Dependency injection promotes the same problem of interface abuse. At least it does in the way it is used in C# and Java today. Creating an interface solely for the purpose of being able to inject the only implementation of that interface into a class creates an unnecessary level of indirection and needlessly slows down the performance of our application.
Don’t get me wrong. Dependency injection is good. I’ll save the details for another post, but I believe dependency injection’s real benefit is when it is used to control which implementation of an interface is used, not when there is only one implementation of an interface.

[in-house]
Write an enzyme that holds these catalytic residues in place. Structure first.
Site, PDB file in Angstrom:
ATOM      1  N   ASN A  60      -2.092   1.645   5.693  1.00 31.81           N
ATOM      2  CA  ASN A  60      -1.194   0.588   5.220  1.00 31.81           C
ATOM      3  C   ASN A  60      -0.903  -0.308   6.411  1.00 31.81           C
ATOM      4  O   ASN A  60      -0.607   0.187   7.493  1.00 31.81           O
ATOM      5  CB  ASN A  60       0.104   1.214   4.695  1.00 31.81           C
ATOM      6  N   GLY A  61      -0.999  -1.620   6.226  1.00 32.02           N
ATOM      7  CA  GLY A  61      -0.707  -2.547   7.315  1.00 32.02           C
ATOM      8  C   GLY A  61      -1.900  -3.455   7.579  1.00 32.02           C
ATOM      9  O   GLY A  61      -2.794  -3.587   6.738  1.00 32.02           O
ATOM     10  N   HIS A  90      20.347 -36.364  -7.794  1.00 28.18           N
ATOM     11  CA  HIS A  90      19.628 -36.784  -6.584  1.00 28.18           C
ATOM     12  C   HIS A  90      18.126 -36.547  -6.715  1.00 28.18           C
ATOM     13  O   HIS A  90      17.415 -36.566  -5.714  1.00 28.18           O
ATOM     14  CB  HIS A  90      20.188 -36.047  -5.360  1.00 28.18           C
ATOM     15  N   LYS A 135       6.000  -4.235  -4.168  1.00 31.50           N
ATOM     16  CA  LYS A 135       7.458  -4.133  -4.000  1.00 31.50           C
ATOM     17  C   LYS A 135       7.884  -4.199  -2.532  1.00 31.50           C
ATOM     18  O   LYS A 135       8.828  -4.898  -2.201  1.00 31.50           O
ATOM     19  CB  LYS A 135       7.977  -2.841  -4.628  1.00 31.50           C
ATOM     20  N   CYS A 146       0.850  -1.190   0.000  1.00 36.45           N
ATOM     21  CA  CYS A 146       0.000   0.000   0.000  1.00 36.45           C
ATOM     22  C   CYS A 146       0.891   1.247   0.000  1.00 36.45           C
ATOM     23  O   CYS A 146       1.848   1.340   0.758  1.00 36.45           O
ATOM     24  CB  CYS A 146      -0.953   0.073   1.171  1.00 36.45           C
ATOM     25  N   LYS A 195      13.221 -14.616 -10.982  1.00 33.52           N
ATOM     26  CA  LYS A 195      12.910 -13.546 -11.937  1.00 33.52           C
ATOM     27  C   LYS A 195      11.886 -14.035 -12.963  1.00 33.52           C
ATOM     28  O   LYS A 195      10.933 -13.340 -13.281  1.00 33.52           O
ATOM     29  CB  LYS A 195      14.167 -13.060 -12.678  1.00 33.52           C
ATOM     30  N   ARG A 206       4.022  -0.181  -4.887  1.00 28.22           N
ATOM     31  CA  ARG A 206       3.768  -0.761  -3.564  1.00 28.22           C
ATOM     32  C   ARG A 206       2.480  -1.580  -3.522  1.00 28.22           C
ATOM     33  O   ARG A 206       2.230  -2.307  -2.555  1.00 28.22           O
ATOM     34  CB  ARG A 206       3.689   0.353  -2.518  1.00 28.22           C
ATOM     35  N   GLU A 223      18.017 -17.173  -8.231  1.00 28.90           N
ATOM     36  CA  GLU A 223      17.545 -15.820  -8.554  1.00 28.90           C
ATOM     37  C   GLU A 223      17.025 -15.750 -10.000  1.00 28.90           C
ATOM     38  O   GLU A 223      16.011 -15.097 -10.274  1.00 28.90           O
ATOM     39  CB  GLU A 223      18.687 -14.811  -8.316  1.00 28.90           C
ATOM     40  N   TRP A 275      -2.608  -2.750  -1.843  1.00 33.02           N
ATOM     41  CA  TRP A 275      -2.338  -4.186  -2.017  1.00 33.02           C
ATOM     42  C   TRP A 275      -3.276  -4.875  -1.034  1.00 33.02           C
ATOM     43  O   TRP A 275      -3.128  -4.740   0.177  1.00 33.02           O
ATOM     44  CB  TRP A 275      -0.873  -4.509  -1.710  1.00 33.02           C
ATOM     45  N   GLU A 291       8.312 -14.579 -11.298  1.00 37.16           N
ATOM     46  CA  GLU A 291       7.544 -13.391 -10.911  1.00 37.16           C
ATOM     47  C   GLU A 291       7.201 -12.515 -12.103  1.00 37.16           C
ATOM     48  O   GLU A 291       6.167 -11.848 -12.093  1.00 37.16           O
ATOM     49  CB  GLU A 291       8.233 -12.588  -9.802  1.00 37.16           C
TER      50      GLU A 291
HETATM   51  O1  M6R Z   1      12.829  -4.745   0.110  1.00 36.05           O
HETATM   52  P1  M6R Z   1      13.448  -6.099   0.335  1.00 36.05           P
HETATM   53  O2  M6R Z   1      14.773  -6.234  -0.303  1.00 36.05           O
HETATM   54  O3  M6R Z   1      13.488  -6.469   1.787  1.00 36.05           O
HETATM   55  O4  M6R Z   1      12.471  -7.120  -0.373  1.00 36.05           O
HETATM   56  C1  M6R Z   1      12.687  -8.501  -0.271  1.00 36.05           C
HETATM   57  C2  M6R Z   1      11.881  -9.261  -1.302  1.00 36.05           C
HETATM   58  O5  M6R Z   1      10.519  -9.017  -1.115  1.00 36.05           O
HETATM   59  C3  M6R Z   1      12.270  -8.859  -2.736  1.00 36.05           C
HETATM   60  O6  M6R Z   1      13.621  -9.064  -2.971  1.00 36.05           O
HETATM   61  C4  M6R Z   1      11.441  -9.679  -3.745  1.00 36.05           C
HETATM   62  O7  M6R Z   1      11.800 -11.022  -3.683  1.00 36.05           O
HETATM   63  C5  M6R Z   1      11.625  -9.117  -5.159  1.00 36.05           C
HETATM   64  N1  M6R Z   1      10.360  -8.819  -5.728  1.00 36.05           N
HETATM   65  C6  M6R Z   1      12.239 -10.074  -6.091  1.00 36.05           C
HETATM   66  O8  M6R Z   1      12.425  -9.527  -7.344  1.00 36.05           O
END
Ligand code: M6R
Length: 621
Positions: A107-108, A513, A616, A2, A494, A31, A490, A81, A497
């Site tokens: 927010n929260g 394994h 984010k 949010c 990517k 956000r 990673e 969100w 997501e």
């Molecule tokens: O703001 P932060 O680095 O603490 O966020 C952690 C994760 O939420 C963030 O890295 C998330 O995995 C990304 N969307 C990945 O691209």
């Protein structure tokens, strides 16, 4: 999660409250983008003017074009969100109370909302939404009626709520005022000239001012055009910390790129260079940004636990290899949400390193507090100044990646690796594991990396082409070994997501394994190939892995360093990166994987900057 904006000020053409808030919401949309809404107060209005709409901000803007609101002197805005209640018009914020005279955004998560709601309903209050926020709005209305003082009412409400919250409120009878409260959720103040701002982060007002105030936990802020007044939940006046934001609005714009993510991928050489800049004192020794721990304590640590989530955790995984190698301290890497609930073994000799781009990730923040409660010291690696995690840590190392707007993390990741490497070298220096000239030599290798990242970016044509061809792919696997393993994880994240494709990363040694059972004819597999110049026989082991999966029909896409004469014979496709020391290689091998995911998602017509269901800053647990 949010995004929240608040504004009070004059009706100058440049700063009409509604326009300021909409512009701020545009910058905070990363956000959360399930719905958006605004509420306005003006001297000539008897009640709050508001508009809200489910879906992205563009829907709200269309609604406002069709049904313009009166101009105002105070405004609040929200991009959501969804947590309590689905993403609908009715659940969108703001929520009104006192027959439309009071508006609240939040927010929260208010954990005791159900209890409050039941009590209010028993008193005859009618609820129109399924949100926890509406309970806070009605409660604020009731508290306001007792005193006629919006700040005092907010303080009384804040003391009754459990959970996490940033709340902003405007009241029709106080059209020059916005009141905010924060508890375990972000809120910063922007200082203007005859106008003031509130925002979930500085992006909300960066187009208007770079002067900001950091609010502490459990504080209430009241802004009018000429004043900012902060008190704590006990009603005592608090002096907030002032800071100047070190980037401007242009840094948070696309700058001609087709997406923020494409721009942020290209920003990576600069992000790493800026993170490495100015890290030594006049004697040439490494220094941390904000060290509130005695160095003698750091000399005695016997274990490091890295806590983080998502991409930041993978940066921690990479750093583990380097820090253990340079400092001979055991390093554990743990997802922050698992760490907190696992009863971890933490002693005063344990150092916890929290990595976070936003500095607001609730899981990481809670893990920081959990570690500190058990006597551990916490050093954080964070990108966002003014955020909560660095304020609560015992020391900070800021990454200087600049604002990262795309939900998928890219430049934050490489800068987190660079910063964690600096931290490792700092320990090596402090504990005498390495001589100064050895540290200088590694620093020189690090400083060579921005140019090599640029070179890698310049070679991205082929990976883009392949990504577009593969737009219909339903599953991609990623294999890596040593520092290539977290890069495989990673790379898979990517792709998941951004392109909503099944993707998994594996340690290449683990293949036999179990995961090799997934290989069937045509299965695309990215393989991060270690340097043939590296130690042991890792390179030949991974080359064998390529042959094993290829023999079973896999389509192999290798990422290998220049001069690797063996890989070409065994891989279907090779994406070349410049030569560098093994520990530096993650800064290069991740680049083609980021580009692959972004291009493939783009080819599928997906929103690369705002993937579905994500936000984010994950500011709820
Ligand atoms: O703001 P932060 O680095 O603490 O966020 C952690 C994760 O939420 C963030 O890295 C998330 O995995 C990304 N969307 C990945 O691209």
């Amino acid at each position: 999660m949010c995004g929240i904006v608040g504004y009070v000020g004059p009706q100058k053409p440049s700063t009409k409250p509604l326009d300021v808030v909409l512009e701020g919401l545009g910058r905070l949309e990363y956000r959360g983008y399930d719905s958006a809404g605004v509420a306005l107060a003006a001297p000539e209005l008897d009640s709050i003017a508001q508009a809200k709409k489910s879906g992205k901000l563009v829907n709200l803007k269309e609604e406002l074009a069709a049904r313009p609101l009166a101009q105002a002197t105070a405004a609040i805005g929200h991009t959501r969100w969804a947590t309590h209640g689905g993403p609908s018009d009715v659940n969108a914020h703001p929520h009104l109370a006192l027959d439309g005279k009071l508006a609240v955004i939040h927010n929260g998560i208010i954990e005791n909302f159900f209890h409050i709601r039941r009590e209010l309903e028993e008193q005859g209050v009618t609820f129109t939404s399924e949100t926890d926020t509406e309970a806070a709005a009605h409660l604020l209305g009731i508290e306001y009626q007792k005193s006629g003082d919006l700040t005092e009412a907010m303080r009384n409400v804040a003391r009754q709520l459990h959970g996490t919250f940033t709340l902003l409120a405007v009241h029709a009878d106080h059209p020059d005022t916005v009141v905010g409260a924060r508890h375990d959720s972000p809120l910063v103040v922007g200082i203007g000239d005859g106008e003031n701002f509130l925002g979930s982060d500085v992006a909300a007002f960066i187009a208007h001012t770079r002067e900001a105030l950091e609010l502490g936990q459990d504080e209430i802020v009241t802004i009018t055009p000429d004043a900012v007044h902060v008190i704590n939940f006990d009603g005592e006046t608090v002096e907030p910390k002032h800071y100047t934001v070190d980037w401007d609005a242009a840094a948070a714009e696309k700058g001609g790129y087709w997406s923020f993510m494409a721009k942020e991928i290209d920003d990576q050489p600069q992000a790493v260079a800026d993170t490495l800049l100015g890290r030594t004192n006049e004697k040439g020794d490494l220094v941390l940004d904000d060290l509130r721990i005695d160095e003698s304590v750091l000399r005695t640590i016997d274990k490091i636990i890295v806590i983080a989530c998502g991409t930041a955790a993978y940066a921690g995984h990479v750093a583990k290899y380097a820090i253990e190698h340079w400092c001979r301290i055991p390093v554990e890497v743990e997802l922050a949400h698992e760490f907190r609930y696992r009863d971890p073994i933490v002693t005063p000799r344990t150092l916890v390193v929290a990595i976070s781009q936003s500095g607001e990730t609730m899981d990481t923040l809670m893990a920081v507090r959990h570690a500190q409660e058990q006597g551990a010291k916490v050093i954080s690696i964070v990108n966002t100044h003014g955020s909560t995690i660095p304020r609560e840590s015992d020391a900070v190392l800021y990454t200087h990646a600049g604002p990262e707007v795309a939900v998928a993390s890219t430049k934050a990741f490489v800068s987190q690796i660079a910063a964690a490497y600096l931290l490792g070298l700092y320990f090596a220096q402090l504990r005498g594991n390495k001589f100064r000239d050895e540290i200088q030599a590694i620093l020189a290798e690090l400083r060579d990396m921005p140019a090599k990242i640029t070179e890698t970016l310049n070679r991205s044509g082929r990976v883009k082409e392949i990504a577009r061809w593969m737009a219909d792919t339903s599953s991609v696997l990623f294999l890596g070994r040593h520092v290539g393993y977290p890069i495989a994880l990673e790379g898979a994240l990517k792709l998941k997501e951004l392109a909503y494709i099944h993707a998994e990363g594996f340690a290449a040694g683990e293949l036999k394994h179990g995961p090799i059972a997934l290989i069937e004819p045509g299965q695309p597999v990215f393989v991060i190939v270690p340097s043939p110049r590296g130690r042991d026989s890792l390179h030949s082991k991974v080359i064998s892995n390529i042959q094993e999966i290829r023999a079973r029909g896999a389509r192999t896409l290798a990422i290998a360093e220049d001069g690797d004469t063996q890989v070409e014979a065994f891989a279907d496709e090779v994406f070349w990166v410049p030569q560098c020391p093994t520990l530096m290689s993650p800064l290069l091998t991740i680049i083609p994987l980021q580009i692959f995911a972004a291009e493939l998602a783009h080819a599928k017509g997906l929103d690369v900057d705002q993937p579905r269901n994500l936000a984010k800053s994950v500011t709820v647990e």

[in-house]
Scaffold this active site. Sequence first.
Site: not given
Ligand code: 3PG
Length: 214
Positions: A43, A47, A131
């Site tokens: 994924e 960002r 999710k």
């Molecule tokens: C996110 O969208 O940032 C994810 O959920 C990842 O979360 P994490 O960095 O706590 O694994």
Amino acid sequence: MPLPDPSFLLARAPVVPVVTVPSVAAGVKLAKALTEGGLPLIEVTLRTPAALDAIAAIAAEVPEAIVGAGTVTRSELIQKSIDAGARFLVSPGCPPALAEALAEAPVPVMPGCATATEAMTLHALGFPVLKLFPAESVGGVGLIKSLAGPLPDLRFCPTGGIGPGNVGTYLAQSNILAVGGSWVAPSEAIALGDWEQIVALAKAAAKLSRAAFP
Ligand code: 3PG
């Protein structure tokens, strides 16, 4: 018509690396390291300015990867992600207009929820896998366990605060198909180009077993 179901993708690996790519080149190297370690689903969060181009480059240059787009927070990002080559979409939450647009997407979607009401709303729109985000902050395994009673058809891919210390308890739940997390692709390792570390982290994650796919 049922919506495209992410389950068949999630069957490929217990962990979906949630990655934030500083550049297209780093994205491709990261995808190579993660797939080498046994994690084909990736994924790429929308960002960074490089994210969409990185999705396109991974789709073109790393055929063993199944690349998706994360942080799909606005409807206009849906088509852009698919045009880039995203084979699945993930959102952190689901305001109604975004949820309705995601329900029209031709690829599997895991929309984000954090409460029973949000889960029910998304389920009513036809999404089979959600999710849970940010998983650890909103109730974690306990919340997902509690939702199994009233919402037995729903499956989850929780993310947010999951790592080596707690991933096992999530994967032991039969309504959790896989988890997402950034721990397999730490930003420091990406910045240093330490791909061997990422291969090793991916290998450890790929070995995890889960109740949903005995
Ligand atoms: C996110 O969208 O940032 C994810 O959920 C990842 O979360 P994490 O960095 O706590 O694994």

Ultimately, I can’t give you a good answer of how do you unit test or use dependency injection without abusing interfaces. I think you can reduce the abuse by choosing to split apart classes and actually reduce dependencies rather than simply creating an interface and injecting it into the class, but you are still going to have the problem that a Car has an Engine and if you want to unit test the car, you are either going to have to use the real engine or find a way to mock it.
The key problem here is that interfaces are part of the language, but unit testing and dependency injection are not. We are trying to make them fit in with the language by using a trick. The trick is we create an interface to provide a seam between classes. The problem is that we dilute the potency of an interface by doing so. What we really need is a language supported seam to allow us to easily replace implementations of concrete classes at runtime.